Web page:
Two years ago, Nvidia unveiled its Quadro Plex range of visual computing systems at SIGGRAPH 2006. Now, at this year’s SIGGRPAH, it has announced desk-mounted visual supercomputers in the Quadro Plex range. The D series of Quadro Plex visual computer systems is claimed to have leapfrogged previous versions by over a 100% in terms of performance. The NVIDIA Quadro Plex 2200 D2 VCS has two Quadro FX 5800 GPUs, 4 dual-link DVI channels, and 8 GB of frame buffer memory. Whereas its sibling the NVIDIA Quadro Plex 2100 D4 VCS has four GPUs, 8 dual-link DVI channels and a 4 GB frame buffer.
The D series visual supercomputers are ideal for highly taxing 3D models, engineering designs and other scientific visualizations. The hundred of Nvidia CUDA Parallel Processing Cores pack copious parallel computing capabilities and the visual supercomputers can be easily hooked to workstations or servers using PCI Express adapter cards. The D series is due in September with prices starting at $10,750.
When you do something really well in the corporate world, it’s often easier for a bigger company to just acquire you, rather than try to out do you. Just look at Alienware and Dell or Voodoo and HP. Now, Logitech has acquired Ultimate Ears for $34 million in cash.
Ultimate Ears has a loyal following of touring musicians, sound engineers and mainstream music lovers. An estimated 75 percent of today’s touring rock musicians now use the Ultimate Ears custom-fit in-ear monitor while performing. Pricing for the company’s consumer products begins around $40, while pricing for custom products can be as much as $1200.
“Ultimate Ears is a perfect fit for Logitech and our audio business,” said Gerald P. Quindlen, Logitech president and chief executive officer. “Since its inception, Ultimate Ears has been driven by innovation, close ties to its customers, and the desire to enable an immersive audio experience. Logitech’s success has been built on using a deep understanding of our customers to create innovative products that let people immerse themselves in their pursuits – whether they are listening to music, gaming, watching a video or otherwise enjoying their digital lifestyle. We look forward to using our worldwide distribution network and operational efficiencies to help more people discover this superior listening experience.”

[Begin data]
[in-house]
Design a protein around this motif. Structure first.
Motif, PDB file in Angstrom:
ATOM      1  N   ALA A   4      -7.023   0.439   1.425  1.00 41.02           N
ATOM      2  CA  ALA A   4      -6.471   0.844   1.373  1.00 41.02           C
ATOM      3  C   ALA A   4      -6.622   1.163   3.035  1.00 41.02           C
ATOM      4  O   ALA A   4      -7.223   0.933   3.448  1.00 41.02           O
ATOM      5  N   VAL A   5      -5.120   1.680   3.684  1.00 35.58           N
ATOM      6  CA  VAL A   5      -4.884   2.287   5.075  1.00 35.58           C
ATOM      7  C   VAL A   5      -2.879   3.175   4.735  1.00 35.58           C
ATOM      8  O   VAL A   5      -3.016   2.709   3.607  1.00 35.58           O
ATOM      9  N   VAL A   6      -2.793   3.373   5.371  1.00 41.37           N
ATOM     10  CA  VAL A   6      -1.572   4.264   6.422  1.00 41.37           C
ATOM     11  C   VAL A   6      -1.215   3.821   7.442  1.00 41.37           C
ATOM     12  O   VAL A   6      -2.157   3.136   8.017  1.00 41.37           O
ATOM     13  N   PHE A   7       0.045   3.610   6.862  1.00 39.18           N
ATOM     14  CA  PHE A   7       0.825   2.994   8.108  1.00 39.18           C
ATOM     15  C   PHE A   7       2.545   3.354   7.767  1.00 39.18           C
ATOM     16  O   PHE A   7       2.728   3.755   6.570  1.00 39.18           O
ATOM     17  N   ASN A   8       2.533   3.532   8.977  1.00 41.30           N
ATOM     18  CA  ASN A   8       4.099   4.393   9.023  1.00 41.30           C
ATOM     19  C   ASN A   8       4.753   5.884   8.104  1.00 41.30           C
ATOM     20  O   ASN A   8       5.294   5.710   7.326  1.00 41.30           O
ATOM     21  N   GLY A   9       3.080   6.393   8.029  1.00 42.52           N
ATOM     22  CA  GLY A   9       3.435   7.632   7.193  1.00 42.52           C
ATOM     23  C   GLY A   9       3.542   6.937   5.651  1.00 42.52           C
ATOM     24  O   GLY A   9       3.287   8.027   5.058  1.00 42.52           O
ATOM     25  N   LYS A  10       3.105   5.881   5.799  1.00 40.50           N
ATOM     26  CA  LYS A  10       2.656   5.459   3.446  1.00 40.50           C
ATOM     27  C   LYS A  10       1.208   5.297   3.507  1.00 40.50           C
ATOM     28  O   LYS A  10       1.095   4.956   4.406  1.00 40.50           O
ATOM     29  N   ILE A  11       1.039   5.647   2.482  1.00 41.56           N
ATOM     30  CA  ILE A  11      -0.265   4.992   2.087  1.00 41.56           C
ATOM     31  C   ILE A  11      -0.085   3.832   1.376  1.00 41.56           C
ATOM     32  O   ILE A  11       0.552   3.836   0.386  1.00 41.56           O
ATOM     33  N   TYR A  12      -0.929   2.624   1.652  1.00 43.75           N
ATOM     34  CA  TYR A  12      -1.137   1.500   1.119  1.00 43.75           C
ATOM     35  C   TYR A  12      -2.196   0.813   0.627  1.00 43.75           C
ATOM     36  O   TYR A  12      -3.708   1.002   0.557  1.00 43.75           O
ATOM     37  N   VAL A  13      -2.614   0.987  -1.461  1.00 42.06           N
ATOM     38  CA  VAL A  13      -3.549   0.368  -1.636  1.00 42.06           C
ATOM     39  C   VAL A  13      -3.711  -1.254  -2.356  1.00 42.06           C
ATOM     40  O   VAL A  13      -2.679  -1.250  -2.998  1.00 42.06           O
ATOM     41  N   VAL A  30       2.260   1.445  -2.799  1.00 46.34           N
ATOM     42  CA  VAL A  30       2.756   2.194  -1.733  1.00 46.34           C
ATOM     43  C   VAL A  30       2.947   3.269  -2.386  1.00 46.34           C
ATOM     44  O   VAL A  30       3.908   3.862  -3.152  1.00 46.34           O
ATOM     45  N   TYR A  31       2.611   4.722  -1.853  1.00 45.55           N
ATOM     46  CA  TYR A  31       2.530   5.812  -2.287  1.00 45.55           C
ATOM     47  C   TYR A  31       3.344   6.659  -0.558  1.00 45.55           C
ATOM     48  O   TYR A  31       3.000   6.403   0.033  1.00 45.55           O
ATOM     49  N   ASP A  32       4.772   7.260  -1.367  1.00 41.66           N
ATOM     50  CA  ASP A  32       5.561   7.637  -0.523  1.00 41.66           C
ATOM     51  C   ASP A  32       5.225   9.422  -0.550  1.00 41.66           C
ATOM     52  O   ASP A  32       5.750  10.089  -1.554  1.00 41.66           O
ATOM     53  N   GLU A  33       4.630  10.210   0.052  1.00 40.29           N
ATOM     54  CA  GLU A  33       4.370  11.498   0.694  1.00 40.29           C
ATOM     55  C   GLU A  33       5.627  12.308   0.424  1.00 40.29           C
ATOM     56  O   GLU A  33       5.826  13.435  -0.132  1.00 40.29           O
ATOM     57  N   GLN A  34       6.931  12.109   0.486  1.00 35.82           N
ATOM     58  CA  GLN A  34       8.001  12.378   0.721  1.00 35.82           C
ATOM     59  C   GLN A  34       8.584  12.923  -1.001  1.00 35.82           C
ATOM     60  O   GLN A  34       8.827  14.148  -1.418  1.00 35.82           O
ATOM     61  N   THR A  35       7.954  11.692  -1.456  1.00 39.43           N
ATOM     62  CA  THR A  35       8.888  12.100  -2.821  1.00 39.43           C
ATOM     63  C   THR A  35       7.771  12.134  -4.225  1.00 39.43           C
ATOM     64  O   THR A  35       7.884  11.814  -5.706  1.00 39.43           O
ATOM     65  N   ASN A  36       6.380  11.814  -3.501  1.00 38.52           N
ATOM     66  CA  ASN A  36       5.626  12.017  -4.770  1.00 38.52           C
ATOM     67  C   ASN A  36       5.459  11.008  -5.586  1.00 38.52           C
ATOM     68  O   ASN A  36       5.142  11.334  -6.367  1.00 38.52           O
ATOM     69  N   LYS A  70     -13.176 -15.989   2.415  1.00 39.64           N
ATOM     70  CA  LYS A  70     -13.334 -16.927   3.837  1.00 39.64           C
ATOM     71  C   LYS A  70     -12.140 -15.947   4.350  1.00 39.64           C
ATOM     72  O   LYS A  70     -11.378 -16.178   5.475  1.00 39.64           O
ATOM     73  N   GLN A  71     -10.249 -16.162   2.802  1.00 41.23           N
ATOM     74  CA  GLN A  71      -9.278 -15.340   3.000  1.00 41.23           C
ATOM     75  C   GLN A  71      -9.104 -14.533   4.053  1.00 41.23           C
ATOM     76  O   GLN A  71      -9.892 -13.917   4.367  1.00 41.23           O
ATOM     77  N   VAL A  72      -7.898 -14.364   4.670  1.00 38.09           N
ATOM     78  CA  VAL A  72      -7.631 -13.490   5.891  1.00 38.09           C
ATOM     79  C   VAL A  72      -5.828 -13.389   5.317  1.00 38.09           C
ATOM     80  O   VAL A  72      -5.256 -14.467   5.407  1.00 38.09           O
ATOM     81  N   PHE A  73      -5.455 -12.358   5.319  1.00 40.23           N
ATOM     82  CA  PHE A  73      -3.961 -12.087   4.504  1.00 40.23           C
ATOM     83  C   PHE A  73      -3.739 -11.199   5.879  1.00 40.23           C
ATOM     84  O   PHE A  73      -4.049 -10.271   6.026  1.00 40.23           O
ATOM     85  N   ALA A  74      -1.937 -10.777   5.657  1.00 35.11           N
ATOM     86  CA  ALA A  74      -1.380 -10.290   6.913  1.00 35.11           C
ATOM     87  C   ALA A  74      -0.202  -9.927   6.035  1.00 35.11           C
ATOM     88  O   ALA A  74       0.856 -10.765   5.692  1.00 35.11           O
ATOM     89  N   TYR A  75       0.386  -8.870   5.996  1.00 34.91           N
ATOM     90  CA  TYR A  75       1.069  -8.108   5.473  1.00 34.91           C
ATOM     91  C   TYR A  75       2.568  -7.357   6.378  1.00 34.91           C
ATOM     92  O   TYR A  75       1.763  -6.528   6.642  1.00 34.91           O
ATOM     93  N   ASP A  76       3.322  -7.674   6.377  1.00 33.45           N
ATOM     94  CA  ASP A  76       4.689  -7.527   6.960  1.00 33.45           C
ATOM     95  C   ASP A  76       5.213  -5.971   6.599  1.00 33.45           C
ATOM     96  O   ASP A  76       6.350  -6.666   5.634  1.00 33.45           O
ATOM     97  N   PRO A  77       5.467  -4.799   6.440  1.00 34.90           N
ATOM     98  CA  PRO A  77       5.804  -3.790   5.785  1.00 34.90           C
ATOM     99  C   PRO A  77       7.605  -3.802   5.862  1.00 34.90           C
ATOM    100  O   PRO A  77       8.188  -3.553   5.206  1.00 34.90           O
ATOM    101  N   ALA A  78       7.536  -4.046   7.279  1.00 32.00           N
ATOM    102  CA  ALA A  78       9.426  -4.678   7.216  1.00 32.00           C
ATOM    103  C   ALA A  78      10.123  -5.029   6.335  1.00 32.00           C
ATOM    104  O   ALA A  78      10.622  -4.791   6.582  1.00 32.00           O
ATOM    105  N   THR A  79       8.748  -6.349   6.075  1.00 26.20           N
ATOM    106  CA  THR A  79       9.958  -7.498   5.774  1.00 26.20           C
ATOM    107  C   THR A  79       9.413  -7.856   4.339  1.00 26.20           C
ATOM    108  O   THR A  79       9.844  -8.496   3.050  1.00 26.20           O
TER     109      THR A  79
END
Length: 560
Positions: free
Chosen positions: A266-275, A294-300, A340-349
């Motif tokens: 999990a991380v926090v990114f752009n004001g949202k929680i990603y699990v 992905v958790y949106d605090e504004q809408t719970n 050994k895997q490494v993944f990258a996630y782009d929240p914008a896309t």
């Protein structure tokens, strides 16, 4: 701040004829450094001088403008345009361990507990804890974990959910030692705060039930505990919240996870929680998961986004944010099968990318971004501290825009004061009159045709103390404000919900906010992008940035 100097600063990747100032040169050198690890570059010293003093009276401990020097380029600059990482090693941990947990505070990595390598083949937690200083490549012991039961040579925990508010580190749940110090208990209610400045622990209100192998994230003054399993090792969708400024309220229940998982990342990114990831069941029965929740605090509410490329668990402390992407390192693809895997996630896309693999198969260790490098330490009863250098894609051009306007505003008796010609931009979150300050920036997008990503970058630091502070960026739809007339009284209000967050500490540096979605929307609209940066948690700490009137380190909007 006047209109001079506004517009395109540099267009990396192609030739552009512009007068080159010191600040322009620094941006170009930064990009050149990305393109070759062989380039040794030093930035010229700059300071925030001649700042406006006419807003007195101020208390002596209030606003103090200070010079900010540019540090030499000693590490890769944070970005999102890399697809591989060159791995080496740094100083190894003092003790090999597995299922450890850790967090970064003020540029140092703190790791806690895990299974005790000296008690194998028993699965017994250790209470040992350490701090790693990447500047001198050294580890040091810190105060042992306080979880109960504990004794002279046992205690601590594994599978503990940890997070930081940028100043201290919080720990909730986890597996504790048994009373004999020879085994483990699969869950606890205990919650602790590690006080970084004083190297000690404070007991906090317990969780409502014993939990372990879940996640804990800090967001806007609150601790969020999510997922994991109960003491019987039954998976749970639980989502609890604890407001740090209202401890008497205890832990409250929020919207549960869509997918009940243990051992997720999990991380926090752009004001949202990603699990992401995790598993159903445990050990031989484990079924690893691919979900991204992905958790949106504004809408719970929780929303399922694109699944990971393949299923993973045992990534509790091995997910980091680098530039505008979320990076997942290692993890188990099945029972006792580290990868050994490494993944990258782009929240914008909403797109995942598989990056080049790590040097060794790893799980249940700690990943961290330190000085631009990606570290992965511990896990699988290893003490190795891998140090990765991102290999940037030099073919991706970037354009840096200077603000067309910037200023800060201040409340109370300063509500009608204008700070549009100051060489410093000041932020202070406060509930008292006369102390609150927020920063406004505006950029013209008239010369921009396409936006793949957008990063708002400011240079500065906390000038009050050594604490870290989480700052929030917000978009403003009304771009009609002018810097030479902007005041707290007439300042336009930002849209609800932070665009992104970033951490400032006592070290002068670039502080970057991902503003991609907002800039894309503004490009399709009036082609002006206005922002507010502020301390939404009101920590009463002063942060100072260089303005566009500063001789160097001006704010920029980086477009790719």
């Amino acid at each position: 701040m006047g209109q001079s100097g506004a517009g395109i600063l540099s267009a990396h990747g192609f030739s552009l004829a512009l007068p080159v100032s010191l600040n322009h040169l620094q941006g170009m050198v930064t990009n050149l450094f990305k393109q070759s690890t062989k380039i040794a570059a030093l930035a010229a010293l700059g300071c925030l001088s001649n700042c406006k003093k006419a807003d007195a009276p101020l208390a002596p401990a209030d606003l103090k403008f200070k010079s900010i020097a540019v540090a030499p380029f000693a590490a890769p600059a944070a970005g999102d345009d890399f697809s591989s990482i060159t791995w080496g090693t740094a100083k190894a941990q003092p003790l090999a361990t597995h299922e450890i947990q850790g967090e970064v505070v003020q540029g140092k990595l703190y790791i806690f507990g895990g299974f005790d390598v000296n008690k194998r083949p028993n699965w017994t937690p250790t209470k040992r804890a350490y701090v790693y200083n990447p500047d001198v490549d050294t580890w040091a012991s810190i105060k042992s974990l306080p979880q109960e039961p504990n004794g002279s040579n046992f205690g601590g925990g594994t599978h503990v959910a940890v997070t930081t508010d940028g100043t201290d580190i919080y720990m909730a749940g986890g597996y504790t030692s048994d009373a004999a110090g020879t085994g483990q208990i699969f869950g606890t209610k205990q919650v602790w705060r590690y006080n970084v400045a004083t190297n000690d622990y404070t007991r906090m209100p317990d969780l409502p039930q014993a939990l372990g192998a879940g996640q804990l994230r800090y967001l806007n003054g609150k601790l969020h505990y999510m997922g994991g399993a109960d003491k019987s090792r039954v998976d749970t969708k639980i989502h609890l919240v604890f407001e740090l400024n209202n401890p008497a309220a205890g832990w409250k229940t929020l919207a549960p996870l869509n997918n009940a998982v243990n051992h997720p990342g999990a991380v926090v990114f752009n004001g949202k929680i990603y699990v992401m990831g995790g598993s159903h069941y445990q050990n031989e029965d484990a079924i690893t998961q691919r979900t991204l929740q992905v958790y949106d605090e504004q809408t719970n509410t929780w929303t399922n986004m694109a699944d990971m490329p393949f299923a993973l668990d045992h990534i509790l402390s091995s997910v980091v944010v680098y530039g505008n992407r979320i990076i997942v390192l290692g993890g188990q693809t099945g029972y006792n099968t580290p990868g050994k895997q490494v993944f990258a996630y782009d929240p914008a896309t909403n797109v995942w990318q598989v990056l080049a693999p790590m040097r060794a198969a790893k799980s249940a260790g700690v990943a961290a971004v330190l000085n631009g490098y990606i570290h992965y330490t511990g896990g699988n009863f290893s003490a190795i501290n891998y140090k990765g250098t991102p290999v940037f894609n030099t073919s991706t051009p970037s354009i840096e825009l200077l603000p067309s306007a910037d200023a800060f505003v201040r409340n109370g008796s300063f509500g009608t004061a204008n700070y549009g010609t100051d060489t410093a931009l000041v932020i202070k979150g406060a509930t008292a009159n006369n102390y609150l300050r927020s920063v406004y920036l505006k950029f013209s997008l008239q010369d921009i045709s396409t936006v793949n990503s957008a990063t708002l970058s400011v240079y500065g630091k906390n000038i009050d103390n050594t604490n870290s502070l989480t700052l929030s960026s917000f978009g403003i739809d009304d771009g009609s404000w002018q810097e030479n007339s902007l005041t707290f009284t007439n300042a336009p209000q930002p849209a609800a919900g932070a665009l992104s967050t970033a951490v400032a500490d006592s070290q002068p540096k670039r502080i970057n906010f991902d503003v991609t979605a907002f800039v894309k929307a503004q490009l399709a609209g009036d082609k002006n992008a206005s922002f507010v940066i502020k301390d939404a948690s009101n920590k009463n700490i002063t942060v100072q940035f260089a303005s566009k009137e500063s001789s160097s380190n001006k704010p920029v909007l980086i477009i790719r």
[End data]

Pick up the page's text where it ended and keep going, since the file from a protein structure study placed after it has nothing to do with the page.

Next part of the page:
We can hope that they adapt some of Ultimate Ears technology into some really great headsets for computers too!
Last month, we spent a ton of time talking about the efficiency and overall pixel-pushing prowess of ATI’s new GPU, so we won’t waste much ink on the subject here. Suffice it to say, the 4850 delivers enough power to drive your sweet, new 22-inch monitor at its native resolution.
The card’s silicon is equivalent to that of previous-gen high-end cards. It’s equipped with 512MB of GDDR3 memory running at 993MHz. Unlike the Radeon HD 4870 boards (which cost $100 more), the 4850 doesn’t sport GDDR5 (GDDR5 transfers twice as much data per clock cycle as GDDR3). The upshot? The HD 4850 has the slowest memory interface of any card in the current generation, and benchmarks show that—especially at high AA/anisotropic filtering levels.
Technological trends may come and go, but every once in awhile they turn out to be more than just temporary fads. Consider that many of today's gamers weren't even born yet in the Atari 2600's heyday, yet 30 years later gaming consoles have become so popular that there exists an entire generation of FPS junkies who actually prefer lining up a headshot with a gamepad instead of using a keyboard and mouse. And speaking of videogames, let's not forget the 3D revolution sparked by the now defunct 3DFX (moment of silence).
More than just fun and games, recognizing lasting fads can prove lucrative for companies and upstarts who ride the hype, but it's not always easy predicting where PCs are headed. If we were to look back 10 years from now, what would we say were most influential technologies of the time? No need to hop into your time machine, because with the help of Gartner Inc., an information technology research and advisory company, we answer that question right now.
Hit the jump to see which of today's technologies are at the pinnacle of their hype cycle.